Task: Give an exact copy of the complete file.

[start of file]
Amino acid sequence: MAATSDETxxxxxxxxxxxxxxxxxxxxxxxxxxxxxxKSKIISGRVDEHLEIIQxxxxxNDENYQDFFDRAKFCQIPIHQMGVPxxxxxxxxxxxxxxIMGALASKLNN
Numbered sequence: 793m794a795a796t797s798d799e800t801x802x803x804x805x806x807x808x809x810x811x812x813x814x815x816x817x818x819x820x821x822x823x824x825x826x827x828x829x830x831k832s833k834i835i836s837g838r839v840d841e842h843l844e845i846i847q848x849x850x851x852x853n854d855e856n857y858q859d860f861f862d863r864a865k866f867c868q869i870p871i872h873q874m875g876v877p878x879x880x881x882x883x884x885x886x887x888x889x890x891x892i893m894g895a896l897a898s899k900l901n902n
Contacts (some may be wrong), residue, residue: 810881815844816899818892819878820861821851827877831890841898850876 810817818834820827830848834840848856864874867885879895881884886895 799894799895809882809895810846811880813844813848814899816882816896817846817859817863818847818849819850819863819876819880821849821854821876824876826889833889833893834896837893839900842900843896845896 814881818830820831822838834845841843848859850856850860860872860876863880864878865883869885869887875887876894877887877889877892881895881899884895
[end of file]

Amino acid sequence: MAATSDETxxxxxxxxxxxxxxxxxxxxxxxxxxxxxxKSKIISGRVDEHLEIIQxxxxxNDENYQDFFDRAKFCQIPIHQMGVPxxxxxxxxxxxxxxIMGALASKLNN
Numbered sequence: 793m794a795a796t797s798d799e800t801x802x803x804x805x806x807x808x809x810x811x812x813x814x815x816x817x818x819x820x821x822x823x824x825x826x827x828x829x830x831k832s833k834i835i836s837g838r839v840d841e842h843l844e845i846i847q848x849x850x851x852x853n854d855e856n857y858q859d860f861f862d863r864a865k866f867c868q869i870p871i872h873q874m875g876v877p878x879x880x881x882x883x884x885x886x887x888x889x890x891x892i893m894g895a896l897a898s899k900l901n902n
Contacts (some may be wrong), residue, residue: 810881815844816899818892819878820861821851827877831890841898850876 810817818834820827830848834840848856864874867885879895881884886895 799894799895809882809895810846811880813844813848814899816882816896817846817859817863818847818849819850819863819876819880821849821854821876824876826889833889833893834896837893839900842900843896845896 814881818830820831822838834845841843848859850856850860860872860876863880864878865883869885869887875887876894877887877889877892881895881899884895